A sign directs voters to a polling location at the Old Wilson Schoolhouse on August 16, 2022 in Wilson, Wyoming, ahead of the primary election ahead of the November 8 midterms – Copyright AFP ISAAC LAWRENCE
During the run-up to the US elections, several Mississippi state websites were hit disconnected. Several sites were affected on the eve of the midterm elections. This ‘distributed denial of service’ (DDoS) attack was the most significant interruption of the day but failed to interfere with the voting or counting process.
In a DDoS attack, the attacker enlists the help of (many) thousands of Internet users, each generating a small number of requests that, when added together, overload the target.
It was later revealed that a pro-Russian hacking group claimed responsibility for the attack. The origin of the attack is concerning because there is speculation that if Donald Trump were to seek the Republican nomination for president for the third time, the level of Russian-backed activity would increase with Russian activities aimed at securing a new term for Trump in the White House. This would be reflect the situation that occurred in 2016.
Looking at this example of state sponsored interference to Digital magazine is Daniel Selig, Security Automation Architect on the street.
Selig begins by considering the security issues surrounding the election: “Midterm security has been on the minds of state governments for weeks, with at least 14 states activating the national guard to combat cyberattacks on Election Day. . While many elections were held without incident, Mississippi state websites experienced a Distributed Denial of Service (DDoS) attack for which a pro-Russian hacking group took credit. Following the massive amount of Russian interference during the 2016 election, there has been a lot of concern about foreign influence in the US election.”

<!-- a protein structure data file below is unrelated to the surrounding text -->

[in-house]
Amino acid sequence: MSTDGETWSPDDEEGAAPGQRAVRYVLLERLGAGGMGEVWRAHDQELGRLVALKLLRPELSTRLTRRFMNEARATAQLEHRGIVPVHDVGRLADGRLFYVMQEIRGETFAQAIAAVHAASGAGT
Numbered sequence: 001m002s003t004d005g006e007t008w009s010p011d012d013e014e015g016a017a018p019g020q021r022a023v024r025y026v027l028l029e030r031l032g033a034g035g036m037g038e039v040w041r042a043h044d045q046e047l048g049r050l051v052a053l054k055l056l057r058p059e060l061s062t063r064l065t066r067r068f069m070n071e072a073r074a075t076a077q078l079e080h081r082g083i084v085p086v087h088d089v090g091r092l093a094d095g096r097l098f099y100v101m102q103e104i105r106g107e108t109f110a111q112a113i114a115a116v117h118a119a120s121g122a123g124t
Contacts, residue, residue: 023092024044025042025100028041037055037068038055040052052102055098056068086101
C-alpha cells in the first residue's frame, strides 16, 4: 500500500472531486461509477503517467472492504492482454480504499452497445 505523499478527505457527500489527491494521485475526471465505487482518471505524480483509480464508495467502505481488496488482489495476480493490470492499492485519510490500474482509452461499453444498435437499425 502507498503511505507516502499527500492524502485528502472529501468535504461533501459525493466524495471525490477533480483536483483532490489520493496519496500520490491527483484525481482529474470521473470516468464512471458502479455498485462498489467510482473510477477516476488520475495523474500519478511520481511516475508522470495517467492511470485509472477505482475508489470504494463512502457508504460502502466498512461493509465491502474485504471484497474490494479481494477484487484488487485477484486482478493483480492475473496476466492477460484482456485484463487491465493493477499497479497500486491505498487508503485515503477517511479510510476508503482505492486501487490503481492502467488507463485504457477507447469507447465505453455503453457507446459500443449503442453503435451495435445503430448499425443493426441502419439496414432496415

Looking at the attack vector more generally, Selig finds: “DDoS attacks are often used during elections to cause large-scale disruptions or prevent people from voting. Since voting is the cornerstone of our democracy, it is essential that government organizations take appropriate steps to ensure that votes remain confidential and integrity, and that electoral infrastructure remains intact.”
General concerns are at the forefront of some US government announcements, as Selig notes: “Just last week, CISA and the FBI released a public service announcement (PSA) on combating electoral DDoS attacks. To further reduce electoral insecurity risks, government organizations should implement a comprehensive platform that centralizes detection, response, and investigation protocols into a single effort and helps security teams automate certain tasks.”
Further: “Low-code security automation enables organizations to use streamlined detection and implement proper and effective incident response. Implementing these security controls can ensure top-tier protection and keep essential services like voting up and running.”